Erythropoietin couples erythropoiesis, B-lymphopoiesis, and bone homeostasis within the bone marrow microenvironment

Sofie Singbrant, Megan R. Russell, Tanja Jovic, Brian Liddicoat, David J. Izon, Louise E. Purton, Natalie A. Sims, T. John Martin, Vijay G. Sankaran and Carl R. Walkley


Erythropoietin (Epo) has been used in the treatment of anemia resulting from numerous etiologies, including renal disease and cancer. However, its effects are controversial and the expression pattern of the Epo receptor (Epo-R) is debated. Using in vivo lineage tracing, we document that within the hematopoietic and mesenchymal lineage, expression of Epo-R is essentially restricted to erythroid lineage cells. As expected, adult mice treated with a clinically relevant dose of Epo had expanded erythropoiesis because of amplification of committed erythroid precursors. Surprisingly, we also found that Epo induced a rapid 26% loss of the trabecular bone volume and impaired B-lymphopoiesis within the bone marrow microenvironment. Despite the loss of trabecular bone, hematopoietic stem cell populations were unaffected. Inhibition of the osteoclast activity with bisphosphonate therapy blocked the Epo-induced bone loss. Intriguingly, bisphosphonate treatment also reduced the magnitude of the erythroid response to Epo. These data demonstrate a previously unrecognized in vivo regulatory network coordinating erythropoiesis, B-lymphopoiesis, and skeletal homeostasis. Importantly, these findings may be relevant to the clinical application of Epo.


Anemia can result from benign conditions, such as acute/chronic bleeding, dietary deficiency, renal disease or hemoglobinopathies, and malignant diseases, such as myelodysplastic syndrome.1,2 In response, the body produces erythropoietin (Epo).3 Epo acts via its receptor (Epo-R) to stimulate and support increased erythropoiesis.4,5 It has been widely used clinically for treating anemia of numerous causes, including infection, inflammation, gastrointestinal diseases, and cancer.2,6 However, the use of Epo in cancer treatment is controversial because of adverse effects on survival, which have been reported in some clinical trials.79

Within the erythroid lineage, Epo is essential for the survival, proliferation, and differentiation of definitive progenitors. Whereas erythroid colony-forming-units (CFU-Es) are highly Epo-dependent, Epo is dispensable for later stages of erythroid development.10 Lack of Epo signaling in the mouse results in reduced primitive erythropoiesis and death at approximately embryonic day 13 (E13) because of failure of definitive erythropoiesis.11,12 Targeted disruption of Epo or its receptor Epo-R generates identical phenotypes, suggesting that there are no alternate physiologic ligands or receptors.11 In addition to its erythropoietic activity, Epo has also been proposed to act as a tissue-protective factor in tissues, such as the heart, blood vessels, and brain.13,14 However, the expression of Epo-R in nonerythroid tissues is contentious. Recently described antibody studies suggest that Epo-R is restricted to the erythroid lineage.1518 This raises several questions regarding the effects of Epo in nonhematopoietic cell types.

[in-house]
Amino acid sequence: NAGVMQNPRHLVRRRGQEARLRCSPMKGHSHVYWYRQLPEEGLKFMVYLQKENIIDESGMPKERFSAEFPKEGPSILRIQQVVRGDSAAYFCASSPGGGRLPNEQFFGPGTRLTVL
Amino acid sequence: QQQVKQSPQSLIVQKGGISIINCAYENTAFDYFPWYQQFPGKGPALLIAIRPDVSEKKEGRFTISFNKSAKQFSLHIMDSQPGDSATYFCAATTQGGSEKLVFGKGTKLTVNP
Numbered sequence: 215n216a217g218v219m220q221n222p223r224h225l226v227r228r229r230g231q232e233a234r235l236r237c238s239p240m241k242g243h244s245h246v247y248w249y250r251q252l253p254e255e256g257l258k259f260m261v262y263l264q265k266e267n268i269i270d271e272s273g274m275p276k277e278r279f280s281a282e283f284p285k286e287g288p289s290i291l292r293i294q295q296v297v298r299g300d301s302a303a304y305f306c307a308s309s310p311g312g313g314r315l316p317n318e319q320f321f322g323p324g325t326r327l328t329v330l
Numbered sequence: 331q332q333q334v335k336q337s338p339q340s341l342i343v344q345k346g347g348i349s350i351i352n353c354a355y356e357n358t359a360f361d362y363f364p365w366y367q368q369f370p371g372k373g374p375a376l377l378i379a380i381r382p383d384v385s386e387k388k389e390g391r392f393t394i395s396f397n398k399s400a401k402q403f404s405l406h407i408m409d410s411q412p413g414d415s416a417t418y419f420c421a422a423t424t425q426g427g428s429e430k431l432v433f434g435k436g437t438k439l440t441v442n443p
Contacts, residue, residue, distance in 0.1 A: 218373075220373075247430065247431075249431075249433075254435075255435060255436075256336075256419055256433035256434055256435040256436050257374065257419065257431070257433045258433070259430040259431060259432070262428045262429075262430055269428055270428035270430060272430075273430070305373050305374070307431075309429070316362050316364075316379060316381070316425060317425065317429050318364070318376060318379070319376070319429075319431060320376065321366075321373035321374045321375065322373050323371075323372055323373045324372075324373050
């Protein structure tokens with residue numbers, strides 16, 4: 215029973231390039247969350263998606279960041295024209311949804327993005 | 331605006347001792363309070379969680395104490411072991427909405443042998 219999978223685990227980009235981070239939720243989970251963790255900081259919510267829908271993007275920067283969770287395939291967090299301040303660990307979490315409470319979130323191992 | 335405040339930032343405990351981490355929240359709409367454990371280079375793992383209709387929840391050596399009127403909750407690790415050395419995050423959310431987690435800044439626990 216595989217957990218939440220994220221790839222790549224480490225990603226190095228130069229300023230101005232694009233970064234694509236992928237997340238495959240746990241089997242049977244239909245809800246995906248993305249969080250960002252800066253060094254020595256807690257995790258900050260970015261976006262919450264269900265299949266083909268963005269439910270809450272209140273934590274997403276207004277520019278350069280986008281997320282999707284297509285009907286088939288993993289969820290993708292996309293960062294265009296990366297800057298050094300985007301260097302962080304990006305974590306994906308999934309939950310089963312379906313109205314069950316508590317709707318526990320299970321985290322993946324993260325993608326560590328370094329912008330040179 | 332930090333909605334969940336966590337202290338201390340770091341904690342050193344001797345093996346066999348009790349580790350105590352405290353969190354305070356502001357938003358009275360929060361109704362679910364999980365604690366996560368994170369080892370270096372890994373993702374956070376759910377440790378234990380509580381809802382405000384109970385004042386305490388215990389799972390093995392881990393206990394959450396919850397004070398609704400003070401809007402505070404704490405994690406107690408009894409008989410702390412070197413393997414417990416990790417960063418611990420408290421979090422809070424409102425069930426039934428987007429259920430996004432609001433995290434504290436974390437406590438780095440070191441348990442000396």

We have treated wild-type mice with a clinically relevant dose of Epo19 for 10 days, which as anticipated led to an erythropoietic response, including elevated hematocrit and hemoglobin levels. Unexpectedly, Epo administration resulted in a rapid loss of trabecular bone and impaired B-cell development within the bone marrow (BM). The nonerythropoietic effects of Epo were probably indirect via the production of cytokines/soluble factors by the Epo-responsive erythroblasts because Epo-R could not be detected on either B cells or osteoblasts. These results demonstrate an in vivo regulatory nexus coordinating erythropoiesis, B-lymphopoiesis, and skeletal homeostasis, which may be of relevance to the clinical application of Epo.


Experimental mice

Nine-week-old male C57BL/6 mice (ARC) were injected intraperitoneally with either PBS control or 300 U/kg of recombinant human Epo (rhEpo; Janssen Cilag, Epoitin α) every second day for 10 days, or twice with 40 μg/kg of phenylhydrazine (PHZ; Sigma-Aldrich). All mice received intraperitoneal injections of 20 mg/kg calcein (Sigma-Aldrich) on day 4 and day 8. One cohort of mice received a single injection of PBS or zoledronic acid (ZA, 10 μg/kg; Novartis Pharma AG) subcutaneously 3 days before starting Epo or control treatment. For the PHZ experiment, mice were bled on day 0 and day 5, in addition to day 10 when all experiments were terminated. For the Epo-R tracing experiments Epo-R-Cre knock-in mice20 were crossed with B6.129 × 1-Gt(ROSA)26Sortm1(EYFP)Cos reporter mice from The Jackson Laboratory (#006148). BM from C57BL/6 mice was used for in vitro cultures. Primary calvarial osteoblasts for osteoclast cultures were harvested as previously described.21 All experiments were performed with approval of St Vincent's Health Melbourne AEC.

Cell preparations and flow cytometry analysis